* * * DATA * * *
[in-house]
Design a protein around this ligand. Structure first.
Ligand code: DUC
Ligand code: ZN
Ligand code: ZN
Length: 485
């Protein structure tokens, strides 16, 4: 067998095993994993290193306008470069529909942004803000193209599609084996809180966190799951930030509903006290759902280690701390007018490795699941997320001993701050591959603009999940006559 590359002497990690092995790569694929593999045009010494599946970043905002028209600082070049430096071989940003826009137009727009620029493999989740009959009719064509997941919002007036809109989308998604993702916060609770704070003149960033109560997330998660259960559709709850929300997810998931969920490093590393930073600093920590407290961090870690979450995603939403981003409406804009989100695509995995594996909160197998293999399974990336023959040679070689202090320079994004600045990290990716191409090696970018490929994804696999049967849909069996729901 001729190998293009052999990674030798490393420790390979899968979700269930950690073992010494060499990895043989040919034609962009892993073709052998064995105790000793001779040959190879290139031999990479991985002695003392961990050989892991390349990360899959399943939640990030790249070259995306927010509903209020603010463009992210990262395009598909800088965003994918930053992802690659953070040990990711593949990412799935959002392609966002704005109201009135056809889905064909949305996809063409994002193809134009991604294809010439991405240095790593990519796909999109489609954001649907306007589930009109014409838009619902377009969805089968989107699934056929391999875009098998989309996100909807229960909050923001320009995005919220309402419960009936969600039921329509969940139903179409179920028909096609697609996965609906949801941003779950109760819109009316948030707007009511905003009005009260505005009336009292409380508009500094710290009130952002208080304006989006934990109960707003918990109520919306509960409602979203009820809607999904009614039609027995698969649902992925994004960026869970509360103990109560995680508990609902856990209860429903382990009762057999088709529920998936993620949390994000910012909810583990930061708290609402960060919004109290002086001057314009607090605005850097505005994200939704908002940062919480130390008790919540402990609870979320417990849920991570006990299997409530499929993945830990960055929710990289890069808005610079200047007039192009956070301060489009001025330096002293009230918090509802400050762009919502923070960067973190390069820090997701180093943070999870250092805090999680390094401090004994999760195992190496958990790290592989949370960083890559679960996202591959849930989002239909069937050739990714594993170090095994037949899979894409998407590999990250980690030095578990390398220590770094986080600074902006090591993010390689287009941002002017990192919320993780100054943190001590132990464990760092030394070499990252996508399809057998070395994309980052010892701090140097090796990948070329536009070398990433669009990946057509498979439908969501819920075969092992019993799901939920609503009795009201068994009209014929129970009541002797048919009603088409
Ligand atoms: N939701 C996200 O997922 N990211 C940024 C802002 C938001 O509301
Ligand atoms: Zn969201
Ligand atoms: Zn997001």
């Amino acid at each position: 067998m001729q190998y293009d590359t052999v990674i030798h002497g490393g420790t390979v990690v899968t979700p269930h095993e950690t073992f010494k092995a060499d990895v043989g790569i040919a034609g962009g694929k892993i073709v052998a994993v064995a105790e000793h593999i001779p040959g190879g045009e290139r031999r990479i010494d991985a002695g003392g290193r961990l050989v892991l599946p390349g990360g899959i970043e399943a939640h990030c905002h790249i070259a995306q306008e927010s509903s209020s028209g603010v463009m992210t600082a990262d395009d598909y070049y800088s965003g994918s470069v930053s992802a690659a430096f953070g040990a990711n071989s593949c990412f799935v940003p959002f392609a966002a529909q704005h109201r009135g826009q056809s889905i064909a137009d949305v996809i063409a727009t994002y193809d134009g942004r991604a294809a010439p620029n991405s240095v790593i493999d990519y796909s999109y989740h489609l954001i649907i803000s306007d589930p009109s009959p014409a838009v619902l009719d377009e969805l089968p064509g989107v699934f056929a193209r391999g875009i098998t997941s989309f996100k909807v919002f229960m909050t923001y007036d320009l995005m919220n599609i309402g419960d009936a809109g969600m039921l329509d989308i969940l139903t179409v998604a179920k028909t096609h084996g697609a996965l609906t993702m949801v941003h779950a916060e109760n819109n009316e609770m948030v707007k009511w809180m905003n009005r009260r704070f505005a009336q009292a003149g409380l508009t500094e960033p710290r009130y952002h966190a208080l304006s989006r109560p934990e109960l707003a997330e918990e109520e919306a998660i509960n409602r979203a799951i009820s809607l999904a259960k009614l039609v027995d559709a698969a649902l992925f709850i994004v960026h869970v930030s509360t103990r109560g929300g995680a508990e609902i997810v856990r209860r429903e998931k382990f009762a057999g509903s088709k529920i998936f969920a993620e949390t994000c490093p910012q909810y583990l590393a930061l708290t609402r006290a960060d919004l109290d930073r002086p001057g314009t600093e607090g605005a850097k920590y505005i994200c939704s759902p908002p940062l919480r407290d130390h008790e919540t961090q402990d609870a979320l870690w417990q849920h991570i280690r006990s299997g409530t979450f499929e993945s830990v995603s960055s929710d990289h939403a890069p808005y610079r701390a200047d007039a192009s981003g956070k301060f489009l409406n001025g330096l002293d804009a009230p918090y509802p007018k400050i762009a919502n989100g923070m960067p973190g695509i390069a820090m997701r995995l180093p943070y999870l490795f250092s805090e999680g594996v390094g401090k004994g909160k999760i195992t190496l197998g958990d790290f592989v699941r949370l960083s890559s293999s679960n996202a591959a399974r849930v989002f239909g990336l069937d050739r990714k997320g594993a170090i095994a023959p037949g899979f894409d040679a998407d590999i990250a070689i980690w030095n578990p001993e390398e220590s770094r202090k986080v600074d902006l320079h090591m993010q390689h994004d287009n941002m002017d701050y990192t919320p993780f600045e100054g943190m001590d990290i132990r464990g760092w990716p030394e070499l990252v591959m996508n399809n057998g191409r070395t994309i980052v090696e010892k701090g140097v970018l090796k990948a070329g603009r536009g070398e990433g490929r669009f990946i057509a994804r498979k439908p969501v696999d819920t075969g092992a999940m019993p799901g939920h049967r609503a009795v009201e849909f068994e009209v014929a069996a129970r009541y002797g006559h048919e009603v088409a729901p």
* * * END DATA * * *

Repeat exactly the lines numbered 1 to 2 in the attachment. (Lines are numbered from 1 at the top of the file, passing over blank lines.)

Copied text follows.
[in-house]
Design a protein around this ligand. Structure first.